include bicycling (including stationary and recumbent), cross-country skiing or using cross-country ski simulators, stairclimbers, elliptical trainers and snowshoeing.
- Yoga and tai chi
are designed to promote flexibility, improve balance and increase strength.
even if you need a cane or walker. Start slowly and build up gradually. Wear supportive walking shoes and replace them often.
- Aerobic exercise
is about as close as you can get to a "magic potion." It can help you lose weight, ease stress, boost your immune system and reduce the risk of certain diseases. Aerobic means "living in air," and when linked with exercise, refers to any activity that increases oxygen intake and heart rate. Examples of aerobic exercises include running, walking, cycling, swimming, cross-country skiing and aerobic exercise classes.
- Weight training
is not just for body builders and athletes. The best brace you can give yourself is your "muscle" brace, and the stronger the muscles are around your joints, the more they will help to take pressure off the cartilage and bone. It can include free weights, machines, elastic tubing, water exercise and household items such as milk jugs and soup cans.
- Power Training
The ability to move a heavy object quickly. This is achieved by training with medium weights in specific skills at high speed. Power training is generally done by professional athletes to increase performance in power movements like pitching.
- Muscle Endurance Training
This is commonly confused with aerobic exercise. It is the ability to move objects for long periods of time. This is achieved by training with little or no weight for high repetitions. If done at a reasonably quick pace, cardiovascular fitness will be achieved, and you will be performing aerobics.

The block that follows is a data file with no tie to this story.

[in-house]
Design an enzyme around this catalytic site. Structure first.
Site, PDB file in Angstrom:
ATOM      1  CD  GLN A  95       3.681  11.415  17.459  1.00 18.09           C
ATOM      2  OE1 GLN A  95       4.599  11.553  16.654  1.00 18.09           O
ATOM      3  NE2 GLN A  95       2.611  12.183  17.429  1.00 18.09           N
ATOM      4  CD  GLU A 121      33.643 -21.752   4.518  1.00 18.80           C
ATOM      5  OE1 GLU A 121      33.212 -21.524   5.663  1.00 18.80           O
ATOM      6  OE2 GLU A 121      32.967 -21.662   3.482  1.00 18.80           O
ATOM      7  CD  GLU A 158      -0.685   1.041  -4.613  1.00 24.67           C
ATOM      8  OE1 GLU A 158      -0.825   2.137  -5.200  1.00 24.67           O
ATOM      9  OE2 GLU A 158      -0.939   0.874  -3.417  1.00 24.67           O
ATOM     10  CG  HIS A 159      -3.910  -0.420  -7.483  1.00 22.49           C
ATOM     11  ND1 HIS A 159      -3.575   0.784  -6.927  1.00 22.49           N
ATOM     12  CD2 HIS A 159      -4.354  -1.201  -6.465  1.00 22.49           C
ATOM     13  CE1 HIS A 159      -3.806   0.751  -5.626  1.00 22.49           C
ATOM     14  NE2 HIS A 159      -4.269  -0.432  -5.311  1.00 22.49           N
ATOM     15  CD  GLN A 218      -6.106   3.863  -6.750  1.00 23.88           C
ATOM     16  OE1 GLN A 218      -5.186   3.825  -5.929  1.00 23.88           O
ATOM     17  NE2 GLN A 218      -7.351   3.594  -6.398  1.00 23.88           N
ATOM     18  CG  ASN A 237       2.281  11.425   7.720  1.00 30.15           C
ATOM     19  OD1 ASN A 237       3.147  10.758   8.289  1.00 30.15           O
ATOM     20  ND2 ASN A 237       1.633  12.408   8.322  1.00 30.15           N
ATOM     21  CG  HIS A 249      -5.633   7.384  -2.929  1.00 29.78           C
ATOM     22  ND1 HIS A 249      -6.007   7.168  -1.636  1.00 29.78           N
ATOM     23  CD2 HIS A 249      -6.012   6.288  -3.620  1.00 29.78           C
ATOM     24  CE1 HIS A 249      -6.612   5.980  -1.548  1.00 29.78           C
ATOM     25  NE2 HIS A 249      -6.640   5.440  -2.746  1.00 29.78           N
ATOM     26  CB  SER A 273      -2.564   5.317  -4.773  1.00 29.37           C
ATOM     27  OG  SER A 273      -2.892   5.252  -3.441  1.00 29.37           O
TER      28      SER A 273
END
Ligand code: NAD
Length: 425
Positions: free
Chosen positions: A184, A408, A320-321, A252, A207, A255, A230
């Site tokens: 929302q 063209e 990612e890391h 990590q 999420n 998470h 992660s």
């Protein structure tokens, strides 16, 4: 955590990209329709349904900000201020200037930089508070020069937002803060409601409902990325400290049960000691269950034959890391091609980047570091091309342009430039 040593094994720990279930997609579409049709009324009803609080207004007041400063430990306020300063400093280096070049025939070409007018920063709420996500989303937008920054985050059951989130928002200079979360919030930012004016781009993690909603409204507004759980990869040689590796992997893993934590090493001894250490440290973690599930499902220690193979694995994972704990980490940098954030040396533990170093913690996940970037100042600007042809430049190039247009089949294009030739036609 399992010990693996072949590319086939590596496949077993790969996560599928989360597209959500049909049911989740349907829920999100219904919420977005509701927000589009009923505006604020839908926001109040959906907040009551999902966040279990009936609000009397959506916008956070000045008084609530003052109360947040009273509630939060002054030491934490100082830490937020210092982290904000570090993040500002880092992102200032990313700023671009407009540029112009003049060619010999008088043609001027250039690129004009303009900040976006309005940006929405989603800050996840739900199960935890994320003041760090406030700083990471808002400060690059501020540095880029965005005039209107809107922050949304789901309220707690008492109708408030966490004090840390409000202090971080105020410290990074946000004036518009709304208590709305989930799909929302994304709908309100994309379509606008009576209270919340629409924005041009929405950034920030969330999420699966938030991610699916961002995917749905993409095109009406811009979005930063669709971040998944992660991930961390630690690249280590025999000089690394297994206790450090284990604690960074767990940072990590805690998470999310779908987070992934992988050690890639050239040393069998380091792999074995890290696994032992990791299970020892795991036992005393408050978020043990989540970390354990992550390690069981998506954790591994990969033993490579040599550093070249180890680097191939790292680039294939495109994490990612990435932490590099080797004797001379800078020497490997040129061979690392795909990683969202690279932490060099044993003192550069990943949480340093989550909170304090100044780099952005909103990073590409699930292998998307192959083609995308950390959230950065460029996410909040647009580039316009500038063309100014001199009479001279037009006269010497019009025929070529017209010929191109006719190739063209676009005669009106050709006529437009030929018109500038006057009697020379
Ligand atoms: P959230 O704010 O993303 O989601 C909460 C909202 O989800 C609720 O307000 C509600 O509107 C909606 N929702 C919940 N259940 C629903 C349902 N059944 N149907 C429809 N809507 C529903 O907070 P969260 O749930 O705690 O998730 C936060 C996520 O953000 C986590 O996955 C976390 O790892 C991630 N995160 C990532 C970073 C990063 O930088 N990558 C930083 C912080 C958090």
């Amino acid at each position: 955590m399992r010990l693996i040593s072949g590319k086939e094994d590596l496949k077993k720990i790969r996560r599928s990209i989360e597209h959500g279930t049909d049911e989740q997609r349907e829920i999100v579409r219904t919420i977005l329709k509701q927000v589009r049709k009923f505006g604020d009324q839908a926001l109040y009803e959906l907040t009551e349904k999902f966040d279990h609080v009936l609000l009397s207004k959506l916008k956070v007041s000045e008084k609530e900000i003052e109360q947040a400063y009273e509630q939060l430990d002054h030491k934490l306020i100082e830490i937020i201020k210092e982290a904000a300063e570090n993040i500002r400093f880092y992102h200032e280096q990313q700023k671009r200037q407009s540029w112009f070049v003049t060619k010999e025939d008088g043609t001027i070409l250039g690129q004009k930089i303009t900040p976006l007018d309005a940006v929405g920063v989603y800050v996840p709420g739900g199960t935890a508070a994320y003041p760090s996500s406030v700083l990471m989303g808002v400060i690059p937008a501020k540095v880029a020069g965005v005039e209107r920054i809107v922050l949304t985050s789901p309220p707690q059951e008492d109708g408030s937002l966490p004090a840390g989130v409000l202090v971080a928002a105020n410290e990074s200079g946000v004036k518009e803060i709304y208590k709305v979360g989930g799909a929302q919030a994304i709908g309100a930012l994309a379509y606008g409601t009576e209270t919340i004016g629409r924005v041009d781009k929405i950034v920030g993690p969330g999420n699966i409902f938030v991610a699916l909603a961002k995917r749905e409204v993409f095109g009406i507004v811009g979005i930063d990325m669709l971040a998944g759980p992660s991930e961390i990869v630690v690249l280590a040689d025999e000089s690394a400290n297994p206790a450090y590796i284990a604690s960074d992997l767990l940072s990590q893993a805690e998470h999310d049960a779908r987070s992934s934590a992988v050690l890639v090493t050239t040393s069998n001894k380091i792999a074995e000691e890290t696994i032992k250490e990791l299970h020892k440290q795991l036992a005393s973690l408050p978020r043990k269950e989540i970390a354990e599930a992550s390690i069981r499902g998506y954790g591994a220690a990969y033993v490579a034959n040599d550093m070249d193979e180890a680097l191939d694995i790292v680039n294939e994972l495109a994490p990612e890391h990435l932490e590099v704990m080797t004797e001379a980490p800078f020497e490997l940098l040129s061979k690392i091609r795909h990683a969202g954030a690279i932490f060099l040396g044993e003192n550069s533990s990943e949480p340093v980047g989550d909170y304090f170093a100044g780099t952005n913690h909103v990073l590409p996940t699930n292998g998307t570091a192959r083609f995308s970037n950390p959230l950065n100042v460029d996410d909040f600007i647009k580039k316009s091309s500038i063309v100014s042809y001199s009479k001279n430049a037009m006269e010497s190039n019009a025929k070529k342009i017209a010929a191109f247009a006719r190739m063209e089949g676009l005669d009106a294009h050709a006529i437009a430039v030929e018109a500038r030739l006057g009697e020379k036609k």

- Strength Training
The ability to move a heavy object with one voluntary muscle contraction, regardless of time. This is achieved by training with heavier weights and low to medium repetitions. Since this type builds muscle bulk, it is most often done by the weightlifter, hoping to achieve a Mr. Olympus body. Unfortunately, most inexperienced bodybuilders train improperly, sacrificing time and effort for little gain, while risking injury.
During exercise ∞
Listen to your body - Be aware during and after workouts of signs that you may be encountering a health problem as a result of overexertion. If you feel pain don't force a motion. If your muscles ache for more than an hour or two after your workout then cut back. You always can add more exercise to your next workout, but you can't take back the effects of exercise when you've overdone it. And be sure to get enough rest and give your body time to recover.
Adapt your schedule as you exercise - Fine tune the intensity and duration of exercise you've scheduled.